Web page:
Bird Watch: Which Birds have you Spotted?
By Ash, Amenities Technician
We have all seen large changes to our daily lives over the past few weeks and it is as important as ever to remember the benefits that nature can have towards our health and wellbeing. Connecting with nature does not have to be limited to leaving the house, whether you have a large garden, a small lawn or even just a balcony there will always be some flora or fauna to look out for. Spring is a perfect time to watch birds in or around your garden as they begin to construct nests, feed young or return back from their winter migration.
As we move into May and the weather continues to warm, migratory birds will begin to arrive in larger numbers so keep an eye out for flocks of Swallows and House Martins. These birds are returning from their wintering grounds in Sub Saharan Africa and will be joined slightly later in the month by Swifts, Cuckoos and many other species looking to breed in the UK. Swift flocks can be an amazing sight as they zip around over built up areas looking for nesting sites and feeding. Swifts can be identified by their scythe shaped wings and by listening out for their distinctive high pitched ‘scream’ call as they soar above urban areas.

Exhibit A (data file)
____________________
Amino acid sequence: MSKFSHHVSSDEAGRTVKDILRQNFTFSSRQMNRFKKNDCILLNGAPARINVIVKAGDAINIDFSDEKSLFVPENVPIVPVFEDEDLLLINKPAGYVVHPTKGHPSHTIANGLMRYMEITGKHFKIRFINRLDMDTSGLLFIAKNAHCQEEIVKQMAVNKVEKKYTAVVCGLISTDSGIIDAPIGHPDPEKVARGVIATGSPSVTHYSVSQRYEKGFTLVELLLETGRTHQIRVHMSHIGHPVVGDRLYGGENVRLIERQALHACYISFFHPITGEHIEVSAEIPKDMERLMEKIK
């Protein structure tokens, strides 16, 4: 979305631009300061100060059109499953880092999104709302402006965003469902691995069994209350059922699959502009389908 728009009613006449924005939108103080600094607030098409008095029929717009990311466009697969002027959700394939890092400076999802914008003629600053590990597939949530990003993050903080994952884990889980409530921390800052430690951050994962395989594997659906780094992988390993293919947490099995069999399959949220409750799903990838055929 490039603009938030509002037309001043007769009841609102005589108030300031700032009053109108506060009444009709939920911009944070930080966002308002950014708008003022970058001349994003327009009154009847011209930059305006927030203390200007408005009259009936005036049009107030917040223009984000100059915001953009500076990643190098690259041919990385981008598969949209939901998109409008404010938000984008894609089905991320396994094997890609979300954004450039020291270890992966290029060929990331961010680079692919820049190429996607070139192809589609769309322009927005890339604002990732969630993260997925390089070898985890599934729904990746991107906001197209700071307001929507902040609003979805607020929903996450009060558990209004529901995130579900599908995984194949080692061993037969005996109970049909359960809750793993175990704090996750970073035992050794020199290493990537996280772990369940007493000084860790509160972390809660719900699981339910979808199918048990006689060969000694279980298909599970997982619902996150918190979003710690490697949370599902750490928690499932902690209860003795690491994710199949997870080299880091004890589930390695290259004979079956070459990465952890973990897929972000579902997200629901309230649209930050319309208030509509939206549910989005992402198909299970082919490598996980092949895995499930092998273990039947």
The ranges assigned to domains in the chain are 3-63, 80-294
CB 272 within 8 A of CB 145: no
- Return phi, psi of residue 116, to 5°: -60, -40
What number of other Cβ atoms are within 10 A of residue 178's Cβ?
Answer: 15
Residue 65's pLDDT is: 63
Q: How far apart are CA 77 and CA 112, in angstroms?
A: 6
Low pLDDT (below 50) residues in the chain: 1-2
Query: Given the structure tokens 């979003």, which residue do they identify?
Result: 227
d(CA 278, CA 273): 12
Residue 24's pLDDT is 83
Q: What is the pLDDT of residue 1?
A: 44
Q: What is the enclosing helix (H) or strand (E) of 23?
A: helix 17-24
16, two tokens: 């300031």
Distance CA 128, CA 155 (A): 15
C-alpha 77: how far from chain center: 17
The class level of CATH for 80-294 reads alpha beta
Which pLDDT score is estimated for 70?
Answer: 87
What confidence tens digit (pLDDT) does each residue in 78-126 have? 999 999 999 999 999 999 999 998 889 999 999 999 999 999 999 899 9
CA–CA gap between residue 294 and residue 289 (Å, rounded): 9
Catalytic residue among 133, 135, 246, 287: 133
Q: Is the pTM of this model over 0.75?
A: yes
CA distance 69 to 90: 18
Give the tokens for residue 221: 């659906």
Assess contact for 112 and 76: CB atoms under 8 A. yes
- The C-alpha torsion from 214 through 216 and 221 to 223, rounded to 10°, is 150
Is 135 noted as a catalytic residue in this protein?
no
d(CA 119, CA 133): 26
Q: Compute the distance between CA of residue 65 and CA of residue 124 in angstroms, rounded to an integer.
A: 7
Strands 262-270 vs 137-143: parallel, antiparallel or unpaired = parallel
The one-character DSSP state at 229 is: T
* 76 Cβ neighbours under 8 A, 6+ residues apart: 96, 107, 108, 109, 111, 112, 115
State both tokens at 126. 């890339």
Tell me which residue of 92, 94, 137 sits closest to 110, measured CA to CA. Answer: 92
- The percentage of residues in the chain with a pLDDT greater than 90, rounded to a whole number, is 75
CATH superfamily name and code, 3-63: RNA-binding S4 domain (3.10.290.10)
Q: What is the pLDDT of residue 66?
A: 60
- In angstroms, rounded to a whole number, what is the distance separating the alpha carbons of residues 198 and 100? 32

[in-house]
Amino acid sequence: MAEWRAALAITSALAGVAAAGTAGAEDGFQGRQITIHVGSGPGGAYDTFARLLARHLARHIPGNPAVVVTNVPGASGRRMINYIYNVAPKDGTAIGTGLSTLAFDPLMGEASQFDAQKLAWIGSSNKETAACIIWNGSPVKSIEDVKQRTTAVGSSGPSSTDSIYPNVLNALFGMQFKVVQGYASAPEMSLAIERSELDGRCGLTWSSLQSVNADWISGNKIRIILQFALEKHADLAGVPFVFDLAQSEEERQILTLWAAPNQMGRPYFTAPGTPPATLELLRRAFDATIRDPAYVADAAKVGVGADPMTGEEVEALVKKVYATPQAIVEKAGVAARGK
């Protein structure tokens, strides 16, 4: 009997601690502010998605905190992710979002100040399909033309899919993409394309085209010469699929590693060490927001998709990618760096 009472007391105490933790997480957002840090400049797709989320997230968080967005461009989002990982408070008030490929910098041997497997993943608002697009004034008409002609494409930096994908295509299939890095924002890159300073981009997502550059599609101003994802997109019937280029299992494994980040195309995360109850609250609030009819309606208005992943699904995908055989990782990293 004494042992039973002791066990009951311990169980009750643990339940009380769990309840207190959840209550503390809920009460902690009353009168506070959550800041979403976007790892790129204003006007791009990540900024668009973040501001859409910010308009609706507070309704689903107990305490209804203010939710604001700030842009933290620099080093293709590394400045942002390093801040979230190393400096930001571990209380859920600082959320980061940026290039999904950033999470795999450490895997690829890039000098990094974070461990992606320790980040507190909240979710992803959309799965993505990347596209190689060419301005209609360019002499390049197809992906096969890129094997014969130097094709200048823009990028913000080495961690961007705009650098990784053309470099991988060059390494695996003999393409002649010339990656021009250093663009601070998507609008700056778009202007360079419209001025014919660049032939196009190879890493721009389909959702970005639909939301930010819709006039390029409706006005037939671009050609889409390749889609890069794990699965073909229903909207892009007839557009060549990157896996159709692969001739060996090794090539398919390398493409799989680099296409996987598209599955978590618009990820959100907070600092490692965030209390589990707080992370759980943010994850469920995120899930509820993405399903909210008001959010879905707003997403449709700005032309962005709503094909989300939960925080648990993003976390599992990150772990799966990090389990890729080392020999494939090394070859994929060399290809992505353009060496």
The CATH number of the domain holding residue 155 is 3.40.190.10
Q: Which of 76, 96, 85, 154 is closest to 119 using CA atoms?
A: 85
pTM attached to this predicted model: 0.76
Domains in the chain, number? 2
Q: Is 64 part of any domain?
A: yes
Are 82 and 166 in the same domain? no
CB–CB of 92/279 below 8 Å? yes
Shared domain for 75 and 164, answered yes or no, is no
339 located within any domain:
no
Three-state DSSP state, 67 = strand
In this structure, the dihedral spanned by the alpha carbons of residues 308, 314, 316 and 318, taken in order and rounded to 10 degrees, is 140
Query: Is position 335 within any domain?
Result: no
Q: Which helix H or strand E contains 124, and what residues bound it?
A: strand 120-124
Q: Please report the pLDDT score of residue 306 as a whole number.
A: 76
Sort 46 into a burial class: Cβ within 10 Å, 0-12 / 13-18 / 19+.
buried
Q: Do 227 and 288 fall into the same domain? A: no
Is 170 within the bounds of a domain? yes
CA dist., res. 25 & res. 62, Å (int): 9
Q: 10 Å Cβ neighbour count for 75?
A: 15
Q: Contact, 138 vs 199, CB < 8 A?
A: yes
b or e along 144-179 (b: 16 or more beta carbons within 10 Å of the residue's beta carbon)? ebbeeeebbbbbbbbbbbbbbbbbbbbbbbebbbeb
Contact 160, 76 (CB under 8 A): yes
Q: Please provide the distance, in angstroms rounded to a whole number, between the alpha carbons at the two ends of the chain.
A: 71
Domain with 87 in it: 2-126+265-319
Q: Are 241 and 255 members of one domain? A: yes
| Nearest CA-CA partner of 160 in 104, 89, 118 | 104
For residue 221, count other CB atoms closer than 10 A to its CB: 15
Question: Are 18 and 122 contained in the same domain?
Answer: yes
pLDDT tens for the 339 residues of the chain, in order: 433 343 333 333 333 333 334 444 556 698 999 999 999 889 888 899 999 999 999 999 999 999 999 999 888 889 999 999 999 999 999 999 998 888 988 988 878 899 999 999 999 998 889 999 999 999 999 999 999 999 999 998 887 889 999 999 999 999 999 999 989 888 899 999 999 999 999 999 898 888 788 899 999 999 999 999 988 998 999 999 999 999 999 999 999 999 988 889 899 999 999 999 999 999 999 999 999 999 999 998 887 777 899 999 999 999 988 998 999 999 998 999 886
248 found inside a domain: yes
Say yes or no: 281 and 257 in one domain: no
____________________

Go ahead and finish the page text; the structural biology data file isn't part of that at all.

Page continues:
Although Cuckoos are unlikely to be seen or heard in most peoples’ gardens, those lucky enough to live in areas surrounded by moorland or farmland should definitely be listening out for the classic ‘Cuckoo’ call. For those of us unlikely to see a Cuckoo during the lockdown you can still keep up to date with their movements via the British Trust for Ornithology’s Cuckoo Tracking Project here: https://www.bto.org/our-science/projects/cuckoo-tracking-project
While appreciating the variety of birds that might be visiting the local area during this period you might even get a surprise. Birds which do not normally occur in Britain that are also migrating back from Africa can over shoot mainland Europe and arrive on our shores. A Hoopoe on your lawn or a Bee-eater perched on an electricity wire are all possible if you are very lucky with some warm weather and a nice southerly breeze.
Be sure to share any photos, videos, questions and comments about the nature you have seen during lockdown with the RSPB’s #BreakfastBirdwatch social media campaign.